As of Dec. 1, there have been 619 cases in California, with 10 just this month, according to the Stanislaus County Health Services Agency. So far in California, Zika virus infections have been documented only in people who were infected while traveling to areas with ongoing Zika transmission, through sexual contact with an infected traveler, or through maternal-fetal transmission during pregnancy.
Zika is carried by the Aedes aegypti mosquito, which is known to be in the San Joaquin Valley. The Centers for Disease Control and Prevention says this type of mosquito is an aggressive day biter, but also known to bite at night. An Aedes mosquito can only transmit Zika virus after it bites a person who has this virus in their blood.
Most people testing positive for Zika will have mild to no symptoms. The most common symptoms include fever, rash, conjunctivitis (red eyes), and joint pain and begin three to seven days after being bitten.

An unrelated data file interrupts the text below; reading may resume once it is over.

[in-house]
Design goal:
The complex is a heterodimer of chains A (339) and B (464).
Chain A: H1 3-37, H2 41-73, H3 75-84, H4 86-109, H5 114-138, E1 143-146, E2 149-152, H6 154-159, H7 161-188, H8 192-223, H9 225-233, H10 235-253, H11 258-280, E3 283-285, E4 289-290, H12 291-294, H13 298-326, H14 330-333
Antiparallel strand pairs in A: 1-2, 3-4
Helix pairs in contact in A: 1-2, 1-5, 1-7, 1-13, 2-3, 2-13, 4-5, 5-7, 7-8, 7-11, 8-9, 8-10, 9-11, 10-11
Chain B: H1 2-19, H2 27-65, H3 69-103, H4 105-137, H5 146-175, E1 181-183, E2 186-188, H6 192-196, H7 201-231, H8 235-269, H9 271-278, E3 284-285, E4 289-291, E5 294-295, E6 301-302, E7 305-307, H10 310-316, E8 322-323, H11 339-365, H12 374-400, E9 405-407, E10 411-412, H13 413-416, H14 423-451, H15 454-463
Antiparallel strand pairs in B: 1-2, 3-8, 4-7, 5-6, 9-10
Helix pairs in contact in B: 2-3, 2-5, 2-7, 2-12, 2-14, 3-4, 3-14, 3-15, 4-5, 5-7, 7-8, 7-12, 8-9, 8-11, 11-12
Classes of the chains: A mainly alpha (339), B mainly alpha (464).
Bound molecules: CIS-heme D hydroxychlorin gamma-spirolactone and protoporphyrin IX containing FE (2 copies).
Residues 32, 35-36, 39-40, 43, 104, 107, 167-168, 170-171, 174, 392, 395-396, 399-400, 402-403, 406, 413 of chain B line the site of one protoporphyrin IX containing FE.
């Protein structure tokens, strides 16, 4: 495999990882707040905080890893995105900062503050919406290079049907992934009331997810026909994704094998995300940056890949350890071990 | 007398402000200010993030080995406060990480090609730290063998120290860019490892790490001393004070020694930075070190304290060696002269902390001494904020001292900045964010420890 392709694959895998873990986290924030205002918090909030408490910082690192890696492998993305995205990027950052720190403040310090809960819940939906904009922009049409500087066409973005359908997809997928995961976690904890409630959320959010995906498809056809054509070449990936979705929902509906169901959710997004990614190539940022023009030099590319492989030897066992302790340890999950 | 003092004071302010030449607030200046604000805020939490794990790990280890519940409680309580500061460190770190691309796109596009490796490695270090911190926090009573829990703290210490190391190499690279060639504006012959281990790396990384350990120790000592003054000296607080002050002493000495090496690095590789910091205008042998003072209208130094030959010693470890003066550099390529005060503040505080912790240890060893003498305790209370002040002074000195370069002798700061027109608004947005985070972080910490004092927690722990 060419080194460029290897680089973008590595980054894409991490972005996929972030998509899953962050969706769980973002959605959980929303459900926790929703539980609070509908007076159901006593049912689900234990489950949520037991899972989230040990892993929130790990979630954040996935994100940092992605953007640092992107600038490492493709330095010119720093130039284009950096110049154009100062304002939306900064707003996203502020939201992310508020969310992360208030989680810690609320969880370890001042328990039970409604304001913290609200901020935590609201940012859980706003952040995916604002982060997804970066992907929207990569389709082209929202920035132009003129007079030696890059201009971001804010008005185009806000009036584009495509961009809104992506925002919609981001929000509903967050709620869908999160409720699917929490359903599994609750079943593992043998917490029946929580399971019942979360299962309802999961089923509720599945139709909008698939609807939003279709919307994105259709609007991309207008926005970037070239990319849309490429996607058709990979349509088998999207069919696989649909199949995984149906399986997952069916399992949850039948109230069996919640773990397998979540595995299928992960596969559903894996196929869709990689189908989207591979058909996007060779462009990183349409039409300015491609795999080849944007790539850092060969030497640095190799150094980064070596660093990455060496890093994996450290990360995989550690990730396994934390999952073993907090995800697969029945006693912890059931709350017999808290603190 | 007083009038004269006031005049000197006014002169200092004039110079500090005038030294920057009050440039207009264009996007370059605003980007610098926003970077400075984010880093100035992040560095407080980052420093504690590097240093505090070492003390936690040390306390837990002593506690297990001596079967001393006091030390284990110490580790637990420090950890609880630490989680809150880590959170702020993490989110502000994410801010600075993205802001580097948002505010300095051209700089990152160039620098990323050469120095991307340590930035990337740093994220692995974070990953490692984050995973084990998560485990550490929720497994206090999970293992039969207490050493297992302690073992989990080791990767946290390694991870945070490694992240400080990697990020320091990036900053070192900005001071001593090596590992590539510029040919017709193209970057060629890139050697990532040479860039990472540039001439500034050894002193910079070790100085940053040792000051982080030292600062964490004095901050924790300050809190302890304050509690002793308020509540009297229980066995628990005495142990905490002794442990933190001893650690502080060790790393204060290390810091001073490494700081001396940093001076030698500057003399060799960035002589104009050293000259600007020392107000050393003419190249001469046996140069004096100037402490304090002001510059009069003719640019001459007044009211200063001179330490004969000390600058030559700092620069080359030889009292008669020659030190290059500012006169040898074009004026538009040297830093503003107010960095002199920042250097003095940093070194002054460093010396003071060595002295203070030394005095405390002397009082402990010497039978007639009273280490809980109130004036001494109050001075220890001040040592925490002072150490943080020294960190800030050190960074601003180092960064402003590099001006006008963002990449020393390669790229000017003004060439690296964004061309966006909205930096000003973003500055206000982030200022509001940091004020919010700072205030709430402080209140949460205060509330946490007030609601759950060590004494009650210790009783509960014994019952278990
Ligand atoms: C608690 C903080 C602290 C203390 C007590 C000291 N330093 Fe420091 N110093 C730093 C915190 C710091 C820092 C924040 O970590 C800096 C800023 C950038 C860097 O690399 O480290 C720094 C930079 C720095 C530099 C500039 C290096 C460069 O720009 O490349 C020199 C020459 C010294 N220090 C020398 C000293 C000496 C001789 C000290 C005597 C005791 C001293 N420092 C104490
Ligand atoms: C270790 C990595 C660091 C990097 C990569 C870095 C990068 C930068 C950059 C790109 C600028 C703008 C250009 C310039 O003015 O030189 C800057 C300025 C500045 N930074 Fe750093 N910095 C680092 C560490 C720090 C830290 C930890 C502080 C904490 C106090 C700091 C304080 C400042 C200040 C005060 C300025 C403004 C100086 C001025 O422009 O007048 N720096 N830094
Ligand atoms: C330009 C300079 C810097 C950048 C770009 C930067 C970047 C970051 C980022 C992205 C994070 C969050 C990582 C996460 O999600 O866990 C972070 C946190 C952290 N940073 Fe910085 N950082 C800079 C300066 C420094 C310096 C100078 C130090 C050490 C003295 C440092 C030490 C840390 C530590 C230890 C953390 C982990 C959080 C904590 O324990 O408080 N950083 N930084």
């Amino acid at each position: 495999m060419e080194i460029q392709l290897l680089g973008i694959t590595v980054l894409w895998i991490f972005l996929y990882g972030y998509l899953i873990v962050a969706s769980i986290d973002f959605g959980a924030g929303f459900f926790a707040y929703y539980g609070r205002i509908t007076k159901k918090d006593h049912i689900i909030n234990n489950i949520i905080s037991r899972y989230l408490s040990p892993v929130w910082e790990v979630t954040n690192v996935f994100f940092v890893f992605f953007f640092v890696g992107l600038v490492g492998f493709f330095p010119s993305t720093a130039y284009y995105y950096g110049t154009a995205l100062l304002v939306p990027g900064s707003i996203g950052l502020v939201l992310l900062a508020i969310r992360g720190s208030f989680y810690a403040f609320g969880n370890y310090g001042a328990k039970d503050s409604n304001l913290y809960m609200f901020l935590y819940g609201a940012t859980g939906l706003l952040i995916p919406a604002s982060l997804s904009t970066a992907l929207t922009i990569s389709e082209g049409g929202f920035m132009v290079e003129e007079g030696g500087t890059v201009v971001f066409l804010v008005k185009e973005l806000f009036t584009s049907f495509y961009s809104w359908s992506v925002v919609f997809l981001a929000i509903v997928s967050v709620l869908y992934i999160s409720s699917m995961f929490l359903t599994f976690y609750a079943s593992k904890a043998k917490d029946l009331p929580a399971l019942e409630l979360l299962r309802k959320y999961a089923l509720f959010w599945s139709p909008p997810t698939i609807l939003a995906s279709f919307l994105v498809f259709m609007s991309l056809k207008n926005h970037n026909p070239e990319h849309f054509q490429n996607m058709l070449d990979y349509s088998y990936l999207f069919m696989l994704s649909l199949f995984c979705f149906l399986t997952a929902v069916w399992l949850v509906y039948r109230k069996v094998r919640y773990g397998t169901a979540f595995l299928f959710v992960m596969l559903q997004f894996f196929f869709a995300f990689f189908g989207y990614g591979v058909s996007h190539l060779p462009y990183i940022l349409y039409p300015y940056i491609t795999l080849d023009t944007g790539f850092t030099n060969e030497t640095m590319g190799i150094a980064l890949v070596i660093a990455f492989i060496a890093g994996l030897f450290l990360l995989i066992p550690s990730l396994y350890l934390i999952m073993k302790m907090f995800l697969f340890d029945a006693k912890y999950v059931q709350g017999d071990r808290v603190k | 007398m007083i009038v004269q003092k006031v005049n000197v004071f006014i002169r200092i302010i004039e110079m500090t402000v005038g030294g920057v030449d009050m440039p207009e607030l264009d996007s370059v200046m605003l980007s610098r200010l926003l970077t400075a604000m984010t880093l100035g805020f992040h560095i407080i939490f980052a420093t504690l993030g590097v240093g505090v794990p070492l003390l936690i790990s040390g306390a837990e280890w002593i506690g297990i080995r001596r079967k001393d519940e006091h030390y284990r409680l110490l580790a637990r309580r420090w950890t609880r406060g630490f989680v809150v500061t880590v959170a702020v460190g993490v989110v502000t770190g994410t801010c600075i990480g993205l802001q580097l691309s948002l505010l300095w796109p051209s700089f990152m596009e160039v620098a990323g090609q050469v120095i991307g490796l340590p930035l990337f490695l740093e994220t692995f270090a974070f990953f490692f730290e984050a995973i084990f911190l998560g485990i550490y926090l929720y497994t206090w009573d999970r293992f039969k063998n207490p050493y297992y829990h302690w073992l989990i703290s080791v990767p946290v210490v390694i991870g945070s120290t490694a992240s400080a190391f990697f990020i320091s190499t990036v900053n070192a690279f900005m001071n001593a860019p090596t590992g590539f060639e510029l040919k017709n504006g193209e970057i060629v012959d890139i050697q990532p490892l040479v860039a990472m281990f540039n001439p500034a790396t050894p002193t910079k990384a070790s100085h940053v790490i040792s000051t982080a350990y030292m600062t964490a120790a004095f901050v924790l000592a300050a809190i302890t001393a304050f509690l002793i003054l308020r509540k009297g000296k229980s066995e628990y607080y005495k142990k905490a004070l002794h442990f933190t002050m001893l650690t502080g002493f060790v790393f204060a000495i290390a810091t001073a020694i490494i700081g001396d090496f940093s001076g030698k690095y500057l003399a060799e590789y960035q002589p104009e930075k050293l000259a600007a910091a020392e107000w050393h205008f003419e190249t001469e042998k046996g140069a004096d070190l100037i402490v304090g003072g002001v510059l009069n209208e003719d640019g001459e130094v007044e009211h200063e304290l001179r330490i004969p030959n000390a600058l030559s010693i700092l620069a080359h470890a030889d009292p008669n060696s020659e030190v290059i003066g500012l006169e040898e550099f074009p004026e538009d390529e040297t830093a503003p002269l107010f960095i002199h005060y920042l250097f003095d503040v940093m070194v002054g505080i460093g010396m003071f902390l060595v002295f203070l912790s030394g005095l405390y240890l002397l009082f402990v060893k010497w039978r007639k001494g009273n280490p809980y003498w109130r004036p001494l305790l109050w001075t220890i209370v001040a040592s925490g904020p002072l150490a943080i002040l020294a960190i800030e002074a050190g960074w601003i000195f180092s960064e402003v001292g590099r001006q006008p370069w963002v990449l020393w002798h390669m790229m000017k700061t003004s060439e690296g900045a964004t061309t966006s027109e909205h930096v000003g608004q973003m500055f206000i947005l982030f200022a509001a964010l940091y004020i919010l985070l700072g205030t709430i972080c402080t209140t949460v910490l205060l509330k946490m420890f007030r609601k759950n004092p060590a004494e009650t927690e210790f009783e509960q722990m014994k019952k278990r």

Severe illness requires supportive care at a hospital. There is no vaccine or cure for Zika.
The virus is of most concern to pregnant women or women considering getting pregnant in the near future. Zika virus during pregnancy can cause microcephaly and other severe brain defects in infants. Additionally, there is an association between Zika and Guillain-Barré Syndrome, a disease affecting the nervous system.
Zika virus can also be transmitted to sexual partners by both males and females. Both men and women of childbearing age should take precautions if they have recently traveled, or plan to travel, to a location where Zika is spreading. The virus can live in men for up to six months and up to eight weeks in women.
Sexually active adults who travel to areas with Zika transmission should use condoms or other barriers in order to avoid getting or passing Zika during sex. Couples planning pregnancy should speak with a health care provider about a safe time to wait before trying to get pregnant.